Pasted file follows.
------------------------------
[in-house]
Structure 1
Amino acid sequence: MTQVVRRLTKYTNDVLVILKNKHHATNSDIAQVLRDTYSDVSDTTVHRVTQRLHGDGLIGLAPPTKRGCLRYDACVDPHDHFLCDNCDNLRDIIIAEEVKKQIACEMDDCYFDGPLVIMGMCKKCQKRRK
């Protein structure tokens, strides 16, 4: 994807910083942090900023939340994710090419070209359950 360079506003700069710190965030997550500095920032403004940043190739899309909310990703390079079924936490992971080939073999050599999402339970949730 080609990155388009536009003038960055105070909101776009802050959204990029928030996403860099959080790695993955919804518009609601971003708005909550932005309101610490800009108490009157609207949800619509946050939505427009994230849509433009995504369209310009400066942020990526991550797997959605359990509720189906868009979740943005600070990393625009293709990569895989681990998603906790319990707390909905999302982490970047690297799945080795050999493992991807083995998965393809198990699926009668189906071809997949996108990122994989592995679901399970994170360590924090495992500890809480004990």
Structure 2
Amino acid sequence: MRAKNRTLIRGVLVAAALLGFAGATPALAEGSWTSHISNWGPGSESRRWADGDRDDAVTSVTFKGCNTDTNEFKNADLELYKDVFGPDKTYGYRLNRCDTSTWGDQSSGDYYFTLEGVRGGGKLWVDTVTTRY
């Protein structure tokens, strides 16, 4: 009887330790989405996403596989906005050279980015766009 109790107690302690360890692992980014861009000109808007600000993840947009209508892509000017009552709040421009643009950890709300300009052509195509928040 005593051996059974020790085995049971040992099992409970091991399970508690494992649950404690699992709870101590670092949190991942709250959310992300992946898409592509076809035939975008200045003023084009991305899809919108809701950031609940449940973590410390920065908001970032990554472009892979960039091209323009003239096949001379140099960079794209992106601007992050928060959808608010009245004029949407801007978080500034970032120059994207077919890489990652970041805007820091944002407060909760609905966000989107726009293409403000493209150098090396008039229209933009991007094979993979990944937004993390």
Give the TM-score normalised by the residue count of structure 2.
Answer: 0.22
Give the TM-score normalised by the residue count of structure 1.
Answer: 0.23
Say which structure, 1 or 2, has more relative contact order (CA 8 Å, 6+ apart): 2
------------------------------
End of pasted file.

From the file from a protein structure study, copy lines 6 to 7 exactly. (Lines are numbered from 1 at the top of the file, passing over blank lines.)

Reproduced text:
Amino acid sequence: MRAKNRTLIRGVLVAAALLGFAGATPALAEGSWTSHISNWGPGSESRRWADGDRDDAVTSVTFKGCNTDTNEFKNADLELYKDVFGPDKTYGYRLNRCDTSTWGDQSSGDYYFTLEGVRGGGKLWVDTVTTRY
């Protein structure tokens, strides 16, 4: 009887330790989405996403596989906005050279980015766009 109790107690302690360890692992980014861009000109808007600000993840947009209508892509000017009552709040421009643009950890709300300009052509195509928040 005593051996059974020790085995049971040992099992409970091991399970508690494992649950404690699992709870101590670092949190991942709250959310992300992946898409592509076809035939975008200045003023084009991305899809919108809701950031609940449940973590410390920065908001970032990554472009892979960039091209323009003239096949001379140099960079794209992106601007992050928060959808608010009245004029949407801007978080500034970032120059994207077919890489990652970041805007820091944002407060909760609905966000989107726009293409403000493209150098090396008039229209933009991007094979993979990944937004993390």